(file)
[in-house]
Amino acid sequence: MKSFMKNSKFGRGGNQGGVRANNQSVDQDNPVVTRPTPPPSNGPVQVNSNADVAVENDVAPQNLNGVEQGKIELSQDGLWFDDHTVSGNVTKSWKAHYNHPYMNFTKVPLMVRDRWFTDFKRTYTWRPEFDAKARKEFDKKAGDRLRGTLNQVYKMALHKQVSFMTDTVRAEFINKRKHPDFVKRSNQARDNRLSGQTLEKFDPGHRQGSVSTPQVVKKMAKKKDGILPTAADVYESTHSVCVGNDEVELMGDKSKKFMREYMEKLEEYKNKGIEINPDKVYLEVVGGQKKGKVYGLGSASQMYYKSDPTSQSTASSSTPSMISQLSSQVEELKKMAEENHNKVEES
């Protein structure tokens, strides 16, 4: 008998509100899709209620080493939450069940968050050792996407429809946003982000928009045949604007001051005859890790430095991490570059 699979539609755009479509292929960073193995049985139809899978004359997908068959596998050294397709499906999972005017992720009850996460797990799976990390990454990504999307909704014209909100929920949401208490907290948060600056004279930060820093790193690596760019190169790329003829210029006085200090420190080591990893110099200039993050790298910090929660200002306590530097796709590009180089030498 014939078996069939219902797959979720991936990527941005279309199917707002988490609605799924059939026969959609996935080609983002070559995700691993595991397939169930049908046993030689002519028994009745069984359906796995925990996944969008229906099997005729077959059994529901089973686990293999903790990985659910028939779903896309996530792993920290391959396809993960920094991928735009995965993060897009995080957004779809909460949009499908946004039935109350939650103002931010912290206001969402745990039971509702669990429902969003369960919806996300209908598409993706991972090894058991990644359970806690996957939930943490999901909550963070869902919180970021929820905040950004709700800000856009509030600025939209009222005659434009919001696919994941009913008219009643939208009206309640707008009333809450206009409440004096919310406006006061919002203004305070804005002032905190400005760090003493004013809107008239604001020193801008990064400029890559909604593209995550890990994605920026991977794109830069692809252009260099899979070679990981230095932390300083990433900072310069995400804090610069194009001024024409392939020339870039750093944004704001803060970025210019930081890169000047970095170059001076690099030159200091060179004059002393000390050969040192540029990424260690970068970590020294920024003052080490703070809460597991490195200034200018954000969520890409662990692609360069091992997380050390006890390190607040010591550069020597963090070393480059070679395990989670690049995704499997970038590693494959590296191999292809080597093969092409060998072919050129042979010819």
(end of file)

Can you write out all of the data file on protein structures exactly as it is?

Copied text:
[in-house]
Amino acid sequence: MKSFMKNSKFGRGGNQGGVRANNQSVDQDNPVVTRPTPPPSNGPVQVNSNADVAVENDVAPQNLNGVEQGKIELSQDGLWFDDHTVSGNVTKSWKAHYNHPYMNFTKVPLMVRDRWFTDFKRTYTWRPEFDAKARKEFDKKAGDRLRGTLNQVYKMALHKQVSFMTDTVRAEFINKRKHPDFVKRSNQARDNRLSGQTLEKFDPGHRQGSVSTPQVVKKMAKKKDGILPTAADVYESTHSVCVGNDEVELMGDKSKKFMREYMEKLEEYKNKGIEINPDKVYLEVVGGQKKGKVYGLGSASQMYYKSDPTSQSTASSSTPSMISQLSSQVEELKKMAEENHNKVEES
């Protein structure tokens, strides 16, 4: 008998509100899709209620080493939450069940968050050792996407429809946003982000928009045949604007001051005859890790430095991490570059 699979539609755009479509292929960073193995049985139809899978004359997908068959596998050294397709499906999972005017992720009850996460797990799976990390990454990504999307909704014209909100929920949401208490907290948060600056004279930060820093790193690596760019190169790329003829210029006085200090420190080591990893110099200039993050790298910090929660200002306590530097796709590009180089030498 014939078996069939219902797959979720991936990527941005279309199917707002988490609605799924059939026969959609996935080609983002070559995700691993595991397939169930049908046993030689002519028994009745069984359906796995925990996944969008229906099997005729077959059994529901089973686990293999903790990985659910028939779903896309996530792993920290391959396809993960920094991928735009995965993060897009995080957004779809909460949009499908946004039935109350939650103002931010912290206001969402745990039971509702669990429902969003369960919806996300209908598409993706991972090894058991990644359970806690996957939930943490999901909550963070869902919180970021929820905040950004709700800000856009509030600025939209009222005659434009919001696919994941009913008219009643939208009206309640707008009333809450206009409440004096919310406006006061919002203004305070804005002032905190400005760090003493004013809107008239604001020193801008990064400029890559909604593209995550890990994605920026991977794109830069692809252009260099899979070679990981230095932390300083990433900072310069995400804090610069194009001024024409392939020339870039750093944004704001803060970025210019930081890169000047970095170059001076690099030159200091060179004059002393000390050969040192540029990424260690970068970590020294920024003052080490703070809460597991490195200034200018954000969520890409662990692609360069091992997380050390006890390190607040010591550069020597963090070393480059070679395990989670690049995704499997970038590693494959590296191999292809080597093969092409060998072919050129042979010819």